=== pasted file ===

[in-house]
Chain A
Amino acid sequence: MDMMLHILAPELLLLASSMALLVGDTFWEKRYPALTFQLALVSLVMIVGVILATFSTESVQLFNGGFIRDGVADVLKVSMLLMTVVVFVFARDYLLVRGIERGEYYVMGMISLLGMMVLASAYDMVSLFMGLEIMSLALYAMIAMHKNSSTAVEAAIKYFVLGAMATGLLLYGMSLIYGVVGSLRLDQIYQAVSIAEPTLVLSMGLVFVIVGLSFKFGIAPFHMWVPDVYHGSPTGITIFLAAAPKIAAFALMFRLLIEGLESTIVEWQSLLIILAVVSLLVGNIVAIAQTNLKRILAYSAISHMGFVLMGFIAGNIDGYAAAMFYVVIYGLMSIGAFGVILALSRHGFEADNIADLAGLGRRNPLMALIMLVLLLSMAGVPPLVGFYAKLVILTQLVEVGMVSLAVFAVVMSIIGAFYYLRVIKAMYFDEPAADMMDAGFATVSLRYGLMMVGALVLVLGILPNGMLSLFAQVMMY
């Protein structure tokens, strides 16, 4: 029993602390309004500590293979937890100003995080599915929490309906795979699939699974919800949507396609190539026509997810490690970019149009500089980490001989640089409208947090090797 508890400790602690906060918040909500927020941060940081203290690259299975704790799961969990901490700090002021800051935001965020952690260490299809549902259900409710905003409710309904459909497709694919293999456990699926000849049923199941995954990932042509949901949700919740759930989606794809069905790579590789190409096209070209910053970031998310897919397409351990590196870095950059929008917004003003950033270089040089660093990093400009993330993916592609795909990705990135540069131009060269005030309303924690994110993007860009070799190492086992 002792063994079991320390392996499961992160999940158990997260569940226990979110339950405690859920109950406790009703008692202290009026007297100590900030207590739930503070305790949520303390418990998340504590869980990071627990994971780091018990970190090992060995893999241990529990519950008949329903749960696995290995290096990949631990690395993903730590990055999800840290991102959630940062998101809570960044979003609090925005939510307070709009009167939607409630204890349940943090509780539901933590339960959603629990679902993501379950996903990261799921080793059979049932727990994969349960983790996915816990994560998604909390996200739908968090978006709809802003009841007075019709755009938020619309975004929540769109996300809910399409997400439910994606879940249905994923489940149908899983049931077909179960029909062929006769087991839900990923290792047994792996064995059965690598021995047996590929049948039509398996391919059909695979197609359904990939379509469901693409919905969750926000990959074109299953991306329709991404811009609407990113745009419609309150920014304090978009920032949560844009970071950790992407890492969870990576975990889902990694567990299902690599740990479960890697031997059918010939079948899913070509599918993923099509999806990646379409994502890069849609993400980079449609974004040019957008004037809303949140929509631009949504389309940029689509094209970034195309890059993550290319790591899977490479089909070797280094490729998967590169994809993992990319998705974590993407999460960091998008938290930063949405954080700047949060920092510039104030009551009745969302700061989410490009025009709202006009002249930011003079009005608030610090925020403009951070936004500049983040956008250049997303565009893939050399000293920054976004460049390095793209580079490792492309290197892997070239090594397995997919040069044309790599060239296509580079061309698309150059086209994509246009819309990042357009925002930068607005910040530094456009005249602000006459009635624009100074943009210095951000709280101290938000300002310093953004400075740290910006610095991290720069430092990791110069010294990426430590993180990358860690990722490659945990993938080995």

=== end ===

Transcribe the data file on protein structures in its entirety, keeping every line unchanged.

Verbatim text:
[in-house]
Chain A
Amino acid sequence: MDMMLHILAPELLLLASSMALLVGDTFWEKRYPALTFQLALVSLVMIVGVILATFSTESVQLFNGGFIRDGVADVLKVSMLLMTVVVFVFARDYLLVRGIERGEYYVMGMISLLGMMVLASAYDMVSLFMGLEIMSLALYAMIAMHKNSSTAVEAAIKYFVLGAMATGLLLYGMSLIYGVVGSLRLDQIYQAVSIAEPTLVLSMGLVFVIVGLSFKFGIAPFHMWVPDVYHGSPTGITIFLAAAPKIAAFALMFRLLIEGLESTIVEWQSLLIILAVVSLLVGNIVAIAQTNLKRILAYSAISHMGFVLMGFIAGNIDGYAAAMFYVVIYGLMSIGAFGVILALSRHGFEADNIADLAGLGRRNPLMALIMLVLLLSMAGVPPLVGFYAKLVILTQLVEVGMVSLAVFAVVMSIIGAFYYLRVIKAMYFDEPAADMMDAGFATVSLRYGLMMVGALVLVLGILPNGMLSLFAQVMMY
């Protein structure tokens, strides 16, 4: 029993602390309004500590293979937890100003995080599915929490309906795979699939699974919800949507396609190539026509997810490690970019149009500089980490001989640089409208947090090797 508890400790602690906060918040909500927020941060940081203290690259299975704790799961969990901490700090002021800051935001965020952690260490299809549902259900409710905003409710309904459909497709694919293999456990699926000849049923199941995954990932042509949901949700919740759930989606794809069905790579590789190409096209070209910053970031998310897919397409351990590196870095950059929008917004003003950033270089040089660093990093400009993330993916592609795909990705990135540069131009060269005030309303924690994110993007860009070799190492086992 002792063994079991320390392996499961992160999940158990997260569940226990979110339950405690859920109950406790009703008692202290009026007297100590900030207590739930503070305790949520303390418990998340504590869980990071627990994971780091018990970190090992060995893999241990529990519950008949329903749960696995290995290096990949631990690395993903730590990055999800840290991102959630940062998101809570960044979003609090925005939510307070709009009167939607409630204890349940943090509780539901933590339960959603629990679902993501379950996903990261799921080793059979049932727990994969349960983790996915816990994560998604909390996200739908968090978006709809802003009841007075019709755009938020619309975004929540769109996300809910399409997400439910994606879940249905994923489940149908899983049931077909179960029909062929006769087991839900990923290792047994792996064995059965690598021995047996590929049948039509398996391919059909695979197609359904990939379509469901693409919905969750926000990959074109299953991306329709991404811009609407990113745009419609309150920014304090978009920032949560844009970071950790992407890492969870990576975990889902990694567990299902690599740990479960890697031997059918010939079948899913070509599918993923099509999806990646379409994502890069849609993400980079449609974004040019957008004037809303949140929509631009949504389309940029689509094209970034195309890059993550290319790591899977490479089909070797280094490729998967590169994809993992990319998705974590993407999460960091998008938290930063949405954080700047949060920092510039104030009551009745969302700061989410490009025009709202006009002249930011003079009005608030610090925020403009951070936004500049983040956008250049997303565009893939050399000293920054976004460049390095793209580079490792492309290197892997070239090594397995997919040069044309790599060239296509580079061309698309150059086209994509246009819309990042357009925002930068607005910040530094456009005249602000006459009635624009100074943009210095951000709280101290938000300002310093953004400075740290910006610095991290720069430092990791110069010294990426430590993180990358860690990722490659945990993938080995």